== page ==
Amy Livingstone is Associate Dean of the Honors College and Professor of History at Ball State University. Before joining Ball State, she was the Director of the Honors Program and H.O. Hirt Professor of History at Wittenberg University. Dr. Livingstone is a scholar of the Middle Ages. Her books include Out of Love for My Kin: Aristocratic Family Life in the Lands of the Loire, 1000-1200, Medieval Lives, c. 1000-1292: The World of the Beaugencys, and she is the author of many articles and essays as well. In 2017, she was awarded the Outstanding Teacher Award by the Medieval Academy of America. Dr. Livingstone has taught a wide range of courses on the middle ages, ranging from classes on the Crusades to medieval childhood and looks forward to teaching in the Ball State Honors College. She is also a Visiting Fellow of Clare Hall at Cambridge University in the United Kingdom.
How did you first get involved with Honors education?
I first got interested in Honors education at my previous job at Wittenberg University. This interest in working with bright, motivated and curious students led me to apply for the position of Director of the Honors Program.
I believe that Honors education is unique in the opportunities it provides for experimentation and collaboration in the classroom. Since coming to Ball State I have been impressed by the creativity faculty have shown in crafting unique classes and experiences both inside and outside of the classroom.
I am looking forward to teaching my own Honors course sometime in the near future….perhaps one on medieval cathedrals that includes a trip to France? Or one exploring the lives of medieval women? Both are fun to think about!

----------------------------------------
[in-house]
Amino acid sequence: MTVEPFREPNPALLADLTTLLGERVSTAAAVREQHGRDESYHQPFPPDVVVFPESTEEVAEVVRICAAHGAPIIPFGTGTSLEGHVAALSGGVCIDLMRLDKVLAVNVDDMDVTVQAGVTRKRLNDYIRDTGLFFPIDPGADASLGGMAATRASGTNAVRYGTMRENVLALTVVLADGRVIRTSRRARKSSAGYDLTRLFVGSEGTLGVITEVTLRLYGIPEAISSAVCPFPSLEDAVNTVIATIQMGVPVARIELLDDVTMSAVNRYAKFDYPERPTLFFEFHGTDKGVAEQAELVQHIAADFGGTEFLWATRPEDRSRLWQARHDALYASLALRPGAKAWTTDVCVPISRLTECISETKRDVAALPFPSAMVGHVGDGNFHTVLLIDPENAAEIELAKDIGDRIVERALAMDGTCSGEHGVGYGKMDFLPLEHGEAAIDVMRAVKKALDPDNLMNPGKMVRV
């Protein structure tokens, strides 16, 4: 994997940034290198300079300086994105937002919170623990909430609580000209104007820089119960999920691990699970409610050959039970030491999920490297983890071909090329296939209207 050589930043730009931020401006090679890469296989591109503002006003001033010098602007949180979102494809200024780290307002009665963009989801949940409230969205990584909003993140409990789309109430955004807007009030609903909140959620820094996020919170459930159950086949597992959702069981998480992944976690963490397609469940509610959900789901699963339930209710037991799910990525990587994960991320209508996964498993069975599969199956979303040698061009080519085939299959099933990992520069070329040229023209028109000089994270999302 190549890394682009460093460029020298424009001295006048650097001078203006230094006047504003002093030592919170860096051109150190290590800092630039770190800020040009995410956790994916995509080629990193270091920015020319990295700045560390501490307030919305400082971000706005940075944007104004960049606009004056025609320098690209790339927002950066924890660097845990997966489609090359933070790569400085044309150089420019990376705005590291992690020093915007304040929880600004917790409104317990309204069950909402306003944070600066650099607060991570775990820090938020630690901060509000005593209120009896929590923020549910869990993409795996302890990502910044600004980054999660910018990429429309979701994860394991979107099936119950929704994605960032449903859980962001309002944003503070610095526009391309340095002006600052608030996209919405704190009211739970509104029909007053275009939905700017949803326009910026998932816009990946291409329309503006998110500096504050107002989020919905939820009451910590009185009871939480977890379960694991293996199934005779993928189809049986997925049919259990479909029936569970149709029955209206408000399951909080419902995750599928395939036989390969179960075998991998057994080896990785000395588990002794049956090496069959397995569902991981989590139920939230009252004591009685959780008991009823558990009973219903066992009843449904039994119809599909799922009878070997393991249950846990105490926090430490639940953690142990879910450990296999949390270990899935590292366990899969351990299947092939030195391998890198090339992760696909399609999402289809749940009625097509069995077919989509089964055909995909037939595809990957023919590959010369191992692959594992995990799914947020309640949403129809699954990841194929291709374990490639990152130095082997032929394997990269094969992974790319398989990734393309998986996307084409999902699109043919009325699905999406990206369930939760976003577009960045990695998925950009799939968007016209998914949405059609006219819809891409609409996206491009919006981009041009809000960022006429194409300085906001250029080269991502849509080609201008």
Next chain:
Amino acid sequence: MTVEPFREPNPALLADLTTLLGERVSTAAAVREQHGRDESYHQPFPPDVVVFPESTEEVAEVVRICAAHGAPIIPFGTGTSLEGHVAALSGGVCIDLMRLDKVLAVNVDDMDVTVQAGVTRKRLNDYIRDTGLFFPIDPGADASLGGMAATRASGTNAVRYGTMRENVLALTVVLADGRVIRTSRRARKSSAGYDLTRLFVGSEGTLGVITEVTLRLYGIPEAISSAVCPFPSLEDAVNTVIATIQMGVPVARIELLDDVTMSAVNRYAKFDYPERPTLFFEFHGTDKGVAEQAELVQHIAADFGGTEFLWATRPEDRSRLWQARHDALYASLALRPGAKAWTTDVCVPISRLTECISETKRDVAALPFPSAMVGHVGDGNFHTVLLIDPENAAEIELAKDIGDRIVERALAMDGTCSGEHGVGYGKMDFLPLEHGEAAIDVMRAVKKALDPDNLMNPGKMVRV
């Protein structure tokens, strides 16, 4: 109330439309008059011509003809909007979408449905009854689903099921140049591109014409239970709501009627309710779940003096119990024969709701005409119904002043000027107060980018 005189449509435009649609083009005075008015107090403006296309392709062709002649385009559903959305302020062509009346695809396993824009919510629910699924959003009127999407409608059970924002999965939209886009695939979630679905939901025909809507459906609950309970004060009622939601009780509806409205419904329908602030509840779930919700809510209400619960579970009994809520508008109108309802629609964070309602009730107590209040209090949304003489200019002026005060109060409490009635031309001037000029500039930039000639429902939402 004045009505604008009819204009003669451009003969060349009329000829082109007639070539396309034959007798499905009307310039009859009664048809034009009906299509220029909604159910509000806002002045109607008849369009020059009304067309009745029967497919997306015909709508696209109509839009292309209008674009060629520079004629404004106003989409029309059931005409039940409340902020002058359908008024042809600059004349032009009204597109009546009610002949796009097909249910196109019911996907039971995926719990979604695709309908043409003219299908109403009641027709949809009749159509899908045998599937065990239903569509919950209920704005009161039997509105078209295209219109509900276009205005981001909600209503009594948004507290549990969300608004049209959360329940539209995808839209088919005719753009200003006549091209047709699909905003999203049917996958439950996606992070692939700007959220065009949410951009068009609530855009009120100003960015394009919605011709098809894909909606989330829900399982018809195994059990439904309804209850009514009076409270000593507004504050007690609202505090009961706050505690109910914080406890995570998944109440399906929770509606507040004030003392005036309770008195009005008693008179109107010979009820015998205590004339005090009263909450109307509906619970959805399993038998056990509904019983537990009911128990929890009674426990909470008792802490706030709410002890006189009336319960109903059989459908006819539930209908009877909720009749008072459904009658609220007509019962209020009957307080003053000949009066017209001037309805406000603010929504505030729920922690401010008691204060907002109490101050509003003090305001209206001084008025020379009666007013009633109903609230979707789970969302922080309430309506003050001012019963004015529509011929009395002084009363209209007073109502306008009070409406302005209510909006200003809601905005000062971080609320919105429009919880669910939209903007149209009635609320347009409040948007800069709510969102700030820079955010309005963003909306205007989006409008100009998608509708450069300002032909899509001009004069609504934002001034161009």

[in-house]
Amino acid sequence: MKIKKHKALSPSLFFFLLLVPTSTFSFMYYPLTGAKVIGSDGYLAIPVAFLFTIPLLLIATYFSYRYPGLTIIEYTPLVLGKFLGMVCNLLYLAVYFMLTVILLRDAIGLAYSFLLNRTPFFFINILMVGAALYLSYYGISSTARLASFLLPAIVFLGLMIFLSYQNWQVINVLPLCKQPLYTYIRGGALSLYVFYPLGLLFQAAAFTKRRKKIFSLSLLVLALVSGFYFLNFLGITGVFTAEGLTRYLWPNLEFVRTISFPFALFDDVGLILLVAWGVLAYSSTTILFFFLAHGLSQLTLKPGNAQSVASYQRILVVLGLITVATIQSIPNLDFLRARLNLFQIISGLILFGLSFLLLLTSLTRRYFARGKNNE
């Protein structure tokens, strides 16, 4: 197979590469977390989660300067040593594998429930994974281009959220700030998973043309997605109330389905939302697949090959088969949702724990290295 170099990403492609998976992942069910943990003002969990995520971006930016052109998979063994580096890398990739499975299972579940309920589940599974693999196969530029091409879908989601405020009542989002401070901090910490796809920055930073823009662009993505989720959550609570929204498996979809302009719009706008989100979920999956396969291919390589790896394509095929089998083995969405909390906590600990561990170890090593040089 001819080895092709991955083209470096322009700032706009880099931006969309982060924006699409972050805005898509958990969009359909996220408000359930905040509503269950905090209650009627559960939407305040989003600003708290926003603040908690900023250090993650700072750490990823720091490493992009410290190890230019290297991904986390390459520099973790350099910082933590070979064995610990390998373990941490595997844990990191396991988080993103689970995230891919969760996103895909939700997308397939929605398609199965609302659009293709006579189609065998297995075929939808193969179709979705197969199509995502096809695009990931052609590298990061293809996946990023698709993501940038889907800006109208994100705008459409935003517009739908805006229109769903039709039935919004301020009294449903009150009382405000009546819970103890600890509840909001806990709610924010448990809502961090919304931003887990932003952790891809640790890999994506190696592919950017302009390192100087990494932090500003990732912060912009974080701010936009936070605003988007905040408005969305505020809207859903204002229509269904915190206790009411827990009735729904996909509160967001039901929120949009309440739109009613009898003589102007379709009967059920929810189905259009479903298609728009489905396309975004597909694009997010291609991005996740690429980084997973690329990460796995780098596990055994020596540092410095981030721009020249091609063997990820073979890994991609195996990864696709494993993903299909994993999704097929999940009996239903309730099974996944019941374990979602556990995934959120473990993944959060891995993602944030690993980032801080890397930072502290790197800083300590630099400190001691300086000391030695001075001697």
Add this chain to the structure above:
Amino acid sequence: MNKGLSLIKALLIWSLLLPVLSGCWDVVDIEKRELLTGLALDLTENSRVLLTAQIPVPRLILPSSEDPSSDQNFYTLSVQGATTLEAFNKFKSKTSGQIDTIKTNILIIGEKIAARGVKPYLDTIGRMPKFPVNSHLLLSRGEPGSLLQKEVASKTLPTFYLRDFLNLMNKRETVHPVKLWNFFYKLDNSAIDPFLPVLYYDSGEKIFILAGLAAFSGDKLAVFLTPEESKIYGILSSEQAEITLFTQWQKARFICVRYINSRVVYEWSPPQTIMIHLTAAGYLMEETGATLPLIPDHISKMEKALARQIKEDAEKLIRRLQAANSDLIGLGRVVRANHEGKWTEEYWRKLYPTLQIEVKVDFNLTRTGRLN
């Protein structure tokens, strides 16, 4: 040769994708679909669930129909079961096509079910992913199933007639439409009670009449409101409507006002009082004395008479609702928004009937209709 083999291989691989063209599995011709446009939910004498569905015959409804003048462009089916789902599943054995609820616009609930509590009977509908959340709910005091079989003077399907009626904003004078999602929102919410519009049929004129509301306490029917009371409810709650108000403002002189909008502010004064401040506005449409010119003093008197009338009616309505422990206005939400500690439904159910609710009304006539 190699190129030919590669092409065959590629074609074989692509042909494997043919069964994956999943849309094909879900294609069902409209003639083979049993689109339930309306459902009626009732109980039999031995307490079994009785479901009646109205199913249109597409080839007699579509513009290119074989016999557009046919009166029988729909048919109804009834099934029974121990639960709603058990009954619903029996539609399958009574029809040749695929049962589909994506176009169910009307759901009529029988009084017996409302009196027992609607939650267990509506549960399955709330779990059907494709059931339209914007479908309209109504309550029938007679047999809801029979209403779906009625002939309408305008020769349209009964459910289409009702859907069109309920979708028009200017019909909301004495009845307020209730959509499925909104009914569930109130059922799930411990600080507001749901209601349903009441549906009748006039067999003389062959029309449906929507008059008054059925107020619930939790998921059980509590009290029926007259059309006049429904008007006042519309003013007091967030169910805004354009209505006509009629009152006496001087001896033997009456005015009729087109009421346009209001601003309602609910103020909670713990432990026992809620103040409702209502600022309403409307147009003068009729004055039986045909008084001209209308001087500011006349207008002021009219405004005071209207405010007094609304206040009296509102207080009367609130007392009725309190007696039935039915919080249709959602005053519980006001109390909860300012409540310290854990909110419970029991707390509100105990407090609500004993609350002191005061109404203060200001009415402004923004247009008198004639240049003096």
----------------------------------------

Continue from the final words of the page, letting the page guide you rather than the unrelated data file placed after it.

How would you describe your perspective on teaching?
I think collaboration best describes my perspective on teaching. I have learned much over the years from my students’ questions and contributions.
- the give-and-take of questions
In fact, my recent book, Medieval Lives, c. 1000-1292: The World of the Beaugency Family, developed from my classroom experiences teaching medieval history. I had some of my advanced history classes read sections of the book to provide their feedback – which was absolutely invaluable to developing a book that would be engaging and accessible.
Are you working on any projects right now?
I am at work on a big project at the moment: A biography of Countess Ermengarde of Brittany who lived between c.1070 and 1147.
I was very fortunate to be awarded a Fellowship at Clare Hall at the University of Cambridge to continue this work. As I write this, I am looking out across the “backs” of some of the most famous medieval colleges – King’s College, Trinity College – It is inspiring to be in a place that dates to the middle ages, but also has the manuscripts and other sources I need to complete my work on Ermengarde.
There is also a very lively community of medieval scholars here, so I know I’ll have many engaging conversations about my work and other medieval topics.